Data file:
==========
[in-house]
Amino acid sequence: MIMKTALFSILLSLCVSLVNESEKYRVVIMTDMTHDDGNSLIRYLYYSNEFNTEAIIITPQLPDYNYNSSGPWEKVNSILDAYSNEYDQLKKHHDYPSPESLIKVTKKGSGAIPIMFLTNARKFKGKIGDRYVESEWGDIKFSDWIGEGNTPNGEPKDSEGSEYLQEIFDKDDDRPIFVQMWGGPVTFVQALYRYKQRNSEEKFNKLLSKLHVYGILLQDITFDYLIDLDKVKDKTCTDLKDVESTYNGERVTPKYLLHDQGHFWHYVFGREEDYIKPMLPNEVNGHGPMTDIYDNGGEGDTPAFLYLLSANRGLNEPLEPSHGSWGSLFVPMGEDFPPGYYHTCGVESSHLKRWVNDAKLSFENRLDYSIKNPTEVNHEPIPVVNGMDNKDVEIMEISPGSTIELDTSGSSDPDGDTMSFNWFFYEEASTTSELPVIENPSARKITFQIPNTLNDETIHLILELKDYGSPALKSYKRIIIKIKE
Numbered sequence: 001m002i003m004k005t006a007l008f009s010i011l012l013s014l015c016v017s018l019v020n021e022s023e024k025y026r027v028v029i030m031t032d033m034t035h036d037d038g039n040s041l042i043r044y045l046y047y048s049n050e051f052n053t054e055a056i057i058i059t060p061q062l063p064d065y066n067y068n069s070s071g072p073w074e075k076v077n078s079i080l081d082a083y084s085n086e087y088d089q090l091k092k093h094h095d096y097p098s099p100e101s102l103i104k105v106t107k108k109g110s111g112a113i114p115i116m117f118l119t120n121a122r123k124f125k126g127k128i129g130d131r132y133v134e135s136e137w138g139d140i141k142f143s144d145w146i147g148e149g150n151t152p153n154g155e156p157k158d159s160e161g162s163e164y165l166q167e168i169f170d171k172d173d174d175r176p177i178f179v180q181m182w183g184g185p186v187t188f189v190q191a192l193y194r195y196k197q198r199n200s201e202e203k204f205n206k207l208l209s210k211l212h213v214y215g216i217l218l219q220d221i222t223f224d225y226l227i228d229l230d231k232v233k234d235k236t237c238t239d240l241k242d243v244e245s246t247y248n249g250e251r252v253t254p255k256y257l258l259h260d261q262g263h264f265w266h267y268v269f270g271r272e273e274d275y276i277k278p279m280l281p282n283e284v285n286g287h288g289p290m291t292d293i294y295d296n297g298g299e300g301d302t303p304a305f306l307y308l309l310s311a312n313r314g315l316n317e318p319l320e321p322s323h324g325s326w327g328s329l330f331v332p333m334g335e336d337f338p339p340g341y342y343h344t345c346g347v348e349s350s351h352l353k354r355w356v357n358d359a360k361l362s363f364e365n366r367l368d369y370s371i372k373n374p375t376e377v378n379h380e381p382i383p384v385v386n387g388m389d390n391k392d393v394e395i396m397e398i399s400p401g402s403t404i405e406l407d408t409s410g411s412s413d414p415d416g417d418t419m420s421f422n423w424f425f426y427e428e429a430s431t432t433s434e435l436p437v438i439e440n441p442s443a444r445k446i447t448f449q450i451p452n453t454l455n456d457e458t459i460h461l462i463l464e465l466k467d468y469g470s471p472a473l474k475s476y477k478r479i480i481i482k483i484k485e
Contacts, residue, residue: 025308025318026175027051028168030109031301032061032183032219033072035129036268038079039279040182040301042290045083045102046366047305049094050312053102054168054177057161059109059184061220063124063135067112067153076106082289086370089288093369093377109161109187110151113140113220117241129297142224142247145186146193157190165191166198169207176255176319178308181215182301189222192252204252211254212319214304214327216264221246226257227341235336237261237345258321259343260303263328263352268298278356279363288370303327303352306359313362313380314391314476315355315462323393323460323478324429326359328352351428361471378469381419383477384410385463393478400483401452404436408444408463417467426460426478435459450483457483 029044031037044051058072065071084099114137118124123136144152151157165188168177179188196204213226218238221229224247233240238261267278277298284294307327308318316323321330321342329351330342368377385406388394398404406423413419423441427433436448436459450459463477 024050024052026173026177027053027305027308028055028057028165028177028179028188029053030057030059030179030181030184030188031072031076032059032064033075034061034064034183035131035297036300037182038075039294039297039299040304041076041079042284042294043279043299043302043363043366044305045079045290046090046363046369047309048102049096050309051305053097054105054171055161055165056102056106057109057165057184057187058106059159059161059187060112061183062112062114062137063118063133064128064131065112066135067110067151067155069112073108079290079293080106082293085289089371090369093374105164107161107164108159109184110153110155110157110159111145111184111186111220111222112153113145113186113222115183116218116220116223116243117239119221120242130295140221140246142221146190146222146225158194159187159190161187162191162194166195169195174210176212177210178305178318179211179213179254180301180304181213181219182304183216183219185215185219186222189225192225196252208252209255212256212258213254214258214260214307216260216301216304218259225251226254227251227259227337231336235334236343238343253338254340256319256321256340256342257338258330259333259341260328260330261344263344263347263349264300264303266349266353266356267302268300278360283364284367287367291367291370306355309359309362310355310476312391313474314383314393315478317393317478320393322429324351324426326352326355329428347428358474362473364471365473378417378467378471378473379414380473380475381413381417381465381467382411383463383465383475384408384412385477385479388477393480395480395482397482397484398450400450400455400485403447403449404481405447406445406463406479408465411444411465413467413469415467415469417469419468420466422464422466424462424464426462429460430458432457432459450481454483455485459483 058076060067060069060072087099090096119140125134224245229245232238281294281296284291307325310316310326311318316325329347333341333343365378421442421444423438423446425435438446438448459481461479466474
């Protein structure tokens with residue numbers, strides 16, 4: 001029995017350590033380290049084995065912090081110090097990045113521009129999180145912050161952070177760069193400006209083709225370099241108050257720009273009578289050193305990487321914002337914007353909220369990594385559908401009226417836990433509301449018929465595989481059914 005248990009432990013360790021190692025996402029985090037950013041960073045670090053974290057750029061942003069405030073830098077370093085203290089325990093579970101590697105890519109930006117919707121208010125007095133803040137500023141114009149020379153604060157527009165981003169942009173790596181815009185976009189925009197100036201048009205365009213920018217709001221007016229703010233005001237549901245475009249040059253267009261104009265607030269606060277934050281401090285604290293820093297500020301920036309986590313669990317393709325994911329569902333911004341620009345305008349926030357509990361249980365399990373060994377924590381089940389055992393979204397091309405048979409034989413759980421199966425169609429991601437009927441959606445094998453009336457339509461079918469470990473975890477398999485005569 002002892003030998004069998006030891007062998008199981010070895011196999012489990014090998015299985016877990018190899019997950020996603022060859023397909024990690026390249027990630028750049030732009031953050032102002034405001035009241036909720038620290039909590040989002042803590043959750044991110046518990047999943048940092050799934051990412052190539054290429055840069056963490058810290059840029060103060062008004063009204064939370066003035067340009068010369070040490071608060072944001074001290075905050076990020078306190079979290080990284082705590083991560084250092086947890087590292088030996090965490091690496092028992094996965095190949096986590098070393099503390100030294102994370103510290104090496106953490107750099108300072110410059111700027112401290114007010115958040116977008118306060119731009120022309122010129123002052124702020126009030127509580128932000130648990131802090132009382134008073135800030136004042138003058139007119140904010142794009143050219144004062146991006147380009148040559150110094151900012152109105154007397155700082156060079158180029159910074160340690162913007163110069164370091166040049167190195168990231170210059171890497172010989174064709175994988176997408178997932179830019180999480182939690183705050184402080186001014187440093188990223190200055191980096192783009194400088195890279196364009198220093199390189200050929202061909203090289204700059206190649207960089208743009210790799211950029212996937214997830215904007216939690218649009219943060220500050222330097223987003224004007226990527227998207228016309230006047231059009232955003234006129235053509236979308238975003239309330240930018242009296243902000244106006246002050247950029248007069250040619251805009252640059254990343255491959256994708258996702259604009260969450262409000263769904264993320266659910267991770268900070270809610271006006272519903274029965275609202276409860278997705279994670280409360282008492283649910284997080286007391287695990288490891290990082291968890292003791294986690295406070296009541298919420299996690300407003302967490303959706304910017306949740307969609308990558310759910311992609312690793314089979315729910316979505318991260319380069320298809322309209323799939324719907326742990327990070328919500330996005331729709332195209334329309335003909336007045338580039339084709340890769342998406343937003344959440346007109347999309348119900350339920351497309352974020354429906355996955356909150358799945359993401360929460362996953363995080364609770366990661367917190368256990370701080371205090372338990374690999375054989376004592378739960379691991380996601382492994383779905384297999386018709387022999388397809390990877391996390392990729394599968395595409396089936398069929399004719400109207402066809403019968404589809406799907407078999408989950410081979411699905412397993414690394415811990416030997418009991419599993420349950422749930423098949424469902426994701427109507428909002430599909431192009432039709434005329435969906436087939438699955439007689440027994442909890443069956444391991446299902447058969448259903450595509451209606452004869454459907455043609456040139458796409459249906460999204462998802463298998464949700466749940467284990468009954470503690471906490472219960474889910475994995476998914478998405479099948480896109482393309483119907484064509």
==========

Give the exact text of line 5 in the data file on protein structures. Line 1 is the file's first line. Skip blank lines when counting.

């Protein structure tokens with residue numbers, strides 16, 4: 001029995017350590033380290049084995065912090081110090097990045113521009129999180145912050161952070177760069193400006209083709225370099241108050257720009273009578289050193305990487321914002337914007353909220369990594385559908401009226417836990433509301449018929465595989481059914 005248990009432990013360790021190692025996402029985090037950013041960073045670090053974290057750029061942003069405030073830098077370093085203290089325990093579970101590697105890519109930006117919707121208010125007095133803040137500023141114009149020379153604060157527009165981003169942009173790596181815009185976009189925009197100036201048009205365009213920018217709001221007016229703010233005001237549901245475009249040059253267009261104009265607030269606060277934050281401090285604290293820093297500020301920036309986590313669990317393709325994911329569902333911004341620009345305008349926030357509990361249980365399990373060994377924590381089940389055992393979204397091309405048979409034989413759980421199966425169609429991601437009927441959606445094998453009336457339509461079918469470990473975890477398999485005569 002002892003030998004069998006030891007062998008199981010070895011196999012489990014090998015299985016877990018190899019997950020996603022060859023397909024990690026390249027990630028750049030732009031953050032102002034405001035009241036909720038620290039909590040989002042803590043959750044991110046518990047999943048940092050799934051990412052190539054290429055840069056963490058810290059840029060103060062008004063009204064939370066003035067340009068010369070040490071608060072944001074001290075905050076990020078306190079979290080990284082705590083991560084250092086947890087590292088030996090965490091690496092028992094996965095190949096986590098070393099503390100030294102994370103510290104090496106953490107750099108300072110410059111700027112401290114007010115958040116977008118306060119731009120022309122010129123002052124702020126009030127509580128932000130648990131802090132009382134008073135800030136004042138003058139007119140904010142794009143050219144004062146991006147380009148040559150110094151900012152109105154007397155700082156060079158180029159910074160340690162913007163110069164370091166040049167190195168990231170210059171890497172010989174064709175994988176997408178997932179830019180999480182939690183705050184402080186001014187440093188990223190200055191980096192783009194400088195890279196364009198220093199390189200050929202061909203090289204700059206190649207960089208743009210790799211950029212996937214997830215904007216939690218649009219943060220500050222330097223987003224004007226990527227998207228016309230006047231059009232955003234006129235053509236979308238975003239309330240930018242009296243902000244106006246002050247950029248007069250040619251805009252640059254990343255491959256994708258996702259604009260969450262409000263769904264993320266659910267991770268900070270809610271006006272519903274029965275609202276409860278997705279994670280409360282008492283649910284997080286007391287695990288490891290990082291968890292003791294986690295406070296009541298919420299996690300407003302967490303959706304910017306949740307969609308990558310759910311992609312690793314089979315729910316979505318991260319380069320298809322309209323799939324719907326742990327990070328919500330996005331729709332195209334329309335003909336007045338580039339084709340890769342998406343937003344959440346007109347999309348119900350339920351497309352974020354429906355996955356909150358799945359993401360929460362996953363995080364609770366990661367917190368256990370701080371205090372338990374690999375054989376004592378739960379691991380996601382492994383779905384297999386018709387022999388397809390990877391996390392990729394599968395595409396089936398069929399004719400109207402066809403019968404589809406799907407078999408989950410081979411699905412397993414690394415811990416030997418009991419599993420349950422749930423098949424469902426994701427109507428909002430599909431192009432039709434005329435969906436087939438699955439007689440027994442909890443069956444391991446299902447058969448259903450595509451209606452004869454459907455043609456040139458796409459249906460999204462998802463298998464949700466749940467284990468009954470503690471906490472219960474889910475994995476998914478998405479099948480896109482393309483119907484064509």